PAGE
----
Nigeria: Buhari Sends N895.84bn Supplementary Appropriation Bill to Senate

23 June 2021

President Muhammadu Buhari has transmitted a 2021 Supplementary Appropriation Bill of N895.842 billion to the Senate for passage into law.

The Federal Executive Council (FEC) at its virtual meeting last Wednesday in Abuja had approved the supplementary appropriation bill for onward transmission to the National Assembly for approval.

The bill was transmitted via a letter dated 15th June 2021, and addressed to the President of the Senate, Dr. Ahmad Lawan.

Buhari, in the letter which was read yesterday at plenary said the amount captured in the bill was proposed to fund the COVID-19 vaccine programme.

He added that part of the supplementary budget would be used to also fund health-related expenditures for the treatment of additional 50,000 patients under Nigeria Comprehensive AIDS Programme in states and to procure additional equipment to tackle security challenges nationwide.

According to the president, the supplementary budget will be funded through facilities sourced from the World Bank and available new facilities.

Buhari said the supplementary budget was promoted by the need to make provision for procurement and administration of COVlD-19 vaccines.

"The availability of COVlD-19 vaccines and the procurement terms were still uncertain as at the time of finalising the 2021 budget. Hence, there was no provision in the 2021 Appropriation Act for the procurement and administration of COVID-19 vaccines.

"However, the Federal Ministry of Health and the National Primary Healthcare Development Agency (NPHCDA) has now developed a COVID-19 vaccine programme for the country. Under the vaccine programme, 70% of eligible Nigerians are to be vaccinated between 2021 and 2022.

"In addition, our security and law enforcement agencies urgently need to procure additional equipment and other resources in response to the prevalent security challenges across the country.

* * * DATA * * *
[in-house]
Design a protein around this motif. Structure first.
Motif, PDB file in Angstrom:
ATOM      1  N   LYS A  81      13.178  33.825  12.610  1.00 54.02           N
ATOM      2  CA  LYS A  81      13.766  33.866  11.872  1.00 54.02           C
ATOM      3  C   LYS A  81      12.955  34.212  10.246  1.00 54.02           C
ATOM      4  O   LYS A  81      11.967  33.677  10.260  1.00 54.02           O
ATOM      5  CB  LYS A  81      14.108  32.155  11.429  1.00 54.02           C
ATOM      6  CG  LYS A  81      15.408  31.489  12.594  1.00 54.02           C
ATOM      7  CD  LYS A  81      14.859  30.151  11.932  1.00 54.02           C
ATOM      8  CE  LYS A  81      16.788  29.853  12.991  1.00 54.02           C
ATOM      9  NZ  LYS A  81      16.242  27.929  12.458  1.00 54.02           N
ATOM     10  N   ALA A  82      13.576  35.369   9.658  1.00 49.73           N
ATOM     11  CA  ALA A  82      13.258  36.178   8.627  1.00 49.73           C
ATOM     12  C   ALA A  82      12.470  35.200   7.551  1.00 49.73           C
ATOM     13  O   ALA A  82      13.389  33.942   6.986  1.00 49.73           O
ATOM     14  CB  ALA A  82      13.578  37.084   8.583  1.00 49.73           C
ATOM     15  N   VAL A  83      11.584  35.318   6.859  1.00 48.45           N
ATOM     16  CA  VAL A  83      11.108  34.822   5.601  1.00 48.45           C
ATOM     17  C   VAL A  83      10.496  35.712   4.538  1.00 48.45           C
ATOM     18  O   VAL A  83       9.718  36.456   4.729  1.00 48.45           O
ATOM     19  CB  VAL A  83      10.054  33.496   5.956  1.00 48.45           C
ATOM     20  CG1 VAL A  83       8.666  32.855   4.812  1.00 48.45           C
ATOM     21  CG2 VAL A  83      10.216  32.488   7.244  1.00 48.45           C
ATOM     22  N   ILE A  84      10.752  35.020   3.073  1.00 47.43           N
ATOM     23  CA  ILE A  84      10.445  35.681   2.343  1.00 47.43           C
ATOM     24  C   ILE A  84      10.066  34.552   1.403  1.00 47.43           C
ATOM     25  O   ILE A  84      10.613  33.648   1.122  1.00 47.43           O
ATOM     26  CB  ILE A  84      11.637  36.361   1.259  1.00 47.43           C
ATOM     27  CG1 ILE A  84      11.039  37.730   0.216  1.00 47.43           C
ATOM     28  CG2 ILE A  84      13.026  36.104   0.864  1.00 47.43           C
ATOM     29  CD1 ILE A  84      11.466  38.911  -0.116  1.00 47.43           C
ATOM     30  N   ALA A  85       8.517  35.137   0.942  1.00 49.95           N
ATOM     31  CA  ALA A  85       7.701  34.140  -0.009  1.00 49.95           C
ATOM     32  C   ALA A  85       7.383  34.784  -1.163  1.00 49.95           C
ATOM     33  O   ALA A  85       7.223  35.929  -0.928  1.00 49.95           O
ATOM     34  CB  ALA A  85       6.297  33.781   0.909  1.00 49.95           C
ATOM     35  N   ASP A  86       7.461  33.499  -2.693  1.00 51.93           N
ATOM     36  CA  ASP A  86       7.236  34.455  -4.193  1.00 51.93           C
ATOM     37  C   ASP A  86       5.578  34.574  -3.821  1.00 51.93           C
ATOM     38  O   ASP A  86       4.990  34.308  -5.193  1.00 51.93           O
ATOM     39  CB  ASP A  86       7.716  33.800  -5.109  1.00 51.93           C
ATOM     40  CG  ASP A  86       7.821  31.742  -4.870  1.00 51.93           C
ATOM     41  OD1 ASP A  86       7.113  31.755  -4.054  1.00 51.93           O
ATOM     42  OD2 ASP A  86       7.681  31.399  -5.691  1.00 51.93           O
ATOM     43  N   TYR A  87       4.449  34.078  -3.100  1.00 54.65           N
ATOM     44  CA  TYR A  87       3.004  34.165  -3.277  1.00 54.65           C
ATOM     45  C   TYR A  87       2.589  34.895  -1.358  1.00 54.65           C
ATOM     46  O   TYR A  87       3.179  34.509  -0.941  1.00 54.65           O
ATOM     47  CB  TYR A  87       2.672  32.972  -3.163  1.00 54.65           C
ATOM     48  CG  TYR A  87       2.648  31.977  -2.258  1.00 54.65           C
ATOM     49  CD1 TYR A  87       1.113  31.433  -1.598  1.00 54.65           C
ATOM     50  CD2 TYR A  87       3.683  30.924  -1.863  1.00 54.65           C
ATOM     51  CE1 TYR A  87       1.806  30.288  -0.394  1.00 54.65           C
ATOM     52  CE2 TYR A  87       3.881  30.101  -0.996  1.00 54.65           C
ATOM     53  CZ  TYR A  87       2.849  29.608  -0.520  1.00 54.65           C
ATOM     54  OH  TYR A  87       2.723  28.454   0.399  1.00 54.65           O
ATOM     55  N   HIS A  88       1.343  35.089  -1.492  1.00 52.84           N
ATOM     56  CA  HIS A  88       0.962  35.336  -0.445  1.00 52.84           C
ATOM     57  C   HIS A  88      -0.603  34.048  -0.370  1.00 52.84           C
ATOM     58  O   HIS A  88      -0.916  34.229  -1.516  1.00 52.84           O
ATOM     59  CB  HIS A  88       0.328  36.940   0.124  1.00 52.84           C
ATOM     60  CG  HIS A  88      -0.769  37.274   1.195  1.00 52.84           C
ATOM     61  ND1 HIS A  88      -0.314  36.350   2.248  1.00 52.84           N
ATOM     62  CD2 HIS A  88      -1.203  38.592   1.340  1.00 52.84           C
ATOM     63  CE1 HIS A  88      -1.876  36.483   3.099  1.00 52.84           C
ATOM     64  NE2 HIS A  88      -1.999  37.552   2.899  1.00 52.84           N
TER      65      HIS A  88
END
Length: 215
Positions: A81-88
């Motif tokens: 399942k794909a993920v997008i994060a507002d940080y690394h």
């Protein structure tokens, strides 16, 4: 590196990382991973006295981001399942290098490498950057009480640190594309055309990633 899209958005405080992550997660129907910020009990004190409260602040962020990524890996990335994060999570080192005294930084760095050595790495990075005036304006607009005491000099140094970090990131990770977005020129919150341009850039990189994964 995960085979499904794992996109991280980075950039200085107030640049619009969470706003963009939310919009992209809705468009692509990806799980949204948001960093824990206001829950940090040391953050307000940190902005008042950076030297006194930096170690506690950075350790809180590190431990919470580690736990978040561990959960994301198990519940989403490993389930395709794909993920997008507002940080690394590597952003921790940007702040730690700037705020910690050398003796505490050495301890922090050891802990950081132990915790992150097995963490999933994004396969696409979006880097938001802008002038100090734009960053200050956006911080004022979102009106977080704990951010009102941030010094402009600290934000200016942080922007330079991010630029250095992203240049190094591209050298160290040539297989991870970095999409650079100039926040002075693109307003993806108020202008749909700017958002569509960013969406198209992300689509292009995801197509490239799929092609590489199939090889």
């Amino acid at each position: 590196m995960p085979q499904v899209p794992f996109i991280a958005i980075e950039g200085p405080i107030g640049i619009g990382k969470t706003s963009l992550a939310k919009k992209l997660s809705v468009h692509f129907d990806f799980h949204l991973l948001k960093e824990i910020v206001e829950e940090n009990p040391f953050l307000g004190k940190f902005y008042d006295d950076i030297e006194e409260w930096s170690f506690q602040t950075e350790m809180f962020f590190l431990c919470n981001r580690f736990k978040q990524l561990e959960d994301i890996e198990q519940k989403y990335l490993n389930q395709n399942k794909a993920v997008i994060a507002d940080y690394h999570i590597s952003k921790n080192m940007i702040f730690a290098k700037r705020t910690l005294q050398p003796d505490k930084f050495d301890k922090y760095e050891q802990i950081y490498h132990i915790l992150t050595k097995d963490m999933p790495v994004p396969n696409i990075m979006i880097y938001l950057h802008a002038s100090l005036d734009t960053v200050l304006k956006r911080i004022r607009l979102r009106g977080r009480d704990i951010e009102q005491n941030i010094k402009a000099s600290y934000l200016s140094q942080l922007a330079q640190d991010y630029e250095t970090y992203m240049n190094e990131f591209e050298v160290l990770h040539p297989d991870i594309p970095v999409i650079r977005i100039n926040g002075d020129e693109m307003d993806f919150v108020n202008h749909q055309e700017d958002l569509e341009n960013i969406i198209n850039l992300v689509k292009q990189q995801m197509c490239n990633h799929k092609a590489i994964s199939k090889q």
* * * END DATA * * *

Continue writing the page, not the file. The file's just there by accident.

"The Ministry of Defence has carefully scrutinised these procurement needs, which the military authorities claim to represent the minimum requirements to secure our country and address current external and internal security challenges," he added.

Part of the funds required will also be used to meet the federal government's commitment to treat additional 50,000 patients under the Nigeria Comprehensive AIDS Programme in States (NCAPS), due to the reduction in the amount provisioned in 2021 Appropriation Bill by the National Assembly.

"In order to address the urgent problem of oxygen availability in the country and avoid the potential loss of lives, provision was made for the procurement and installation of new oxygen plants nationwide and repairs of oxygen plants in FCT hospitals.

"It is also necessary to provide additional funds for public service wage adjustment to cater for sundry wage-related issues in the health and other sectors, which if not resolved can add to the prevalent sense of instability in the polity," Buhari stated.

Of the N895,842,465,917 proposed, N45.63 billion is for the COVlD-19 vaccine programme, which will be sourced from existing World Bank loans and other grants totalling US$113.22 million.

Buhari said: "The balance of N37.93 billion required for COVlD-19 vaccines, salaries and other health-related expenditures totalling N41.69 billion and the N48.20 billion recurrent components of defence/security expenditure will be funded by drawing N135 billion from some Special Reserve/Levy Accounts, which will be captured as revenues to the Federal Government of Nigeria (FGN).

"We propose to fund the balance of N722.40 billion for capital expenditure on defence/security and capital supplementation from new borrowings, in the absence of any supplementary revenue sources.

"Understandably, needs currently abound in many other sectors. However, we have limited the supplementary budget proposal to just these critical and emerging areas of need due to our severe fiscal constraints.

"All other needs would be deferred to the 2022 budget, which we plan to present in September of this year."

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